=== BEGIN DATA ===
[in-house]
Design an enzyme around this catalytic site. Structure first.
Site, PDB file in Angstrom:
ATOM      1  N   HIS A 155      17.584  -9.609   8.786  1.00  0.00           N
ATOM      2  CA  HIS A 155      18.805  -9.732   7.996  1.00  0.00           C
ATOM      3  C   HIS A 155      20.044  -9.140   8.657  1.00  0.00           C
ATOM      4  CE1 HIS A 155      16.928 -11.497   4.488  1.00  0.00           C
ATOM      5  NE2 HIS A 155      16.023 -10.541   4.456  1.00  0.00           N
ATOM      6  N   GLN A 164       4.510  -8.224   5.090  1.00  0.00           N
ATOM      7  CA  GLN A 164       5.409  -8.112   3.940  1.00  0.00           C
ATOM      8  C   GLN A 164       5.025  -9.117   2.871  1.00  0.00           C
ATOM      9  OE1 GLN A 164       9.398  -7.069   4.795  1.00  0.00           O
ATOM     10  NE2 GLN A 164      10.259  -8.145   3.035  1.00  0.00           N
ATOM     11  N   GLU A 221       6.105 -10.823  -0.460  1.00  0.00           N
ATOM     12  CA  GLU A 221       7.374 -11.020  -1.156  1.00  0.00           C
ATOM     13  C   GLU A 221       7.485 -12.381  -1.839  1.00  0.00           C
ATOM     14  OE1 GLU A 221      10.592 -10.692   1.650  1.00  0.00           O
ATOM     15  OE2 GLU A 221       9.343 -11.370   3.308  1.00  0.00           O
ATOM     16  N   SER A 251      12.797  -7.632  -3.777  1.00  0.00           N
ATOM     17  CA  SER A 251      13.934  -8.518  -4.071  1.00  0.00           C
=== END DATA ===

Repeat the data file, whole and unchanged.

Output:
[in-house]
Design an enzyme around this catalytic site. Structure first.
Site, PDB file in Angstrom:
ATOM      1  N   HIS A 155      17.584  -9.609   8.786  1.00  0.00           N
ATOM      2  CA  HIS A 155      18.805  -9.732   7.996  1.00  0.00           C
ATOM      3  C   HIS A 155      20.044  -9.140   8.657  1.00  0.00           C
ATOM      4  CE1 HIS A 155      16.928 -11.497   4.488  1.00  0.00           C
ATOM      5  NE2 HIS A 155      16.023 -10.541   4.456  1.00  0.00           N
ATOM      6  N   GLN A 164       4.510  -8.224   5.090  1.00  0.00           N
ATOM      7  CA  GLN A 164       5.409  -8.112   3.940  1.00  0.00           C
ATOM      8  C   GLN A 164       5.025  -9.117   2.871  1.00  0.00           C
ATOM      9  OE1 GLN A 164       9.398  -7.069   4.795  1.00  0.00           O
ATOM     10  NE2 GLN A 164      10.259  -8.145   3.035  1.00  0.00           N
ATOM     11  N   GLU A 221       6.105 -10.823  -0.460  1.00  0.00           N
ATOM     12  CA  GLU A 221       7.374 -11.020  -1.156  1.00  0.00           C
ATOM     13  C   GLU A 221       7.485 -12.381  -1.839  1.00  0.00           C
ATOM     14  OE1 GLU A 221      10.592 -10.692   1.650  1.00  0.00           O
ATOM     15  OE2 GLU A 221       9.343 -11.370   3.308  1.00  0.00           O
ATOM     16  N   SER A 251      12.797  -7.632  -3.777  1.00  0.00           N
ATOM     17  CA  SER A 251      13.934  -8.518  -4.071  1.00  0.00           C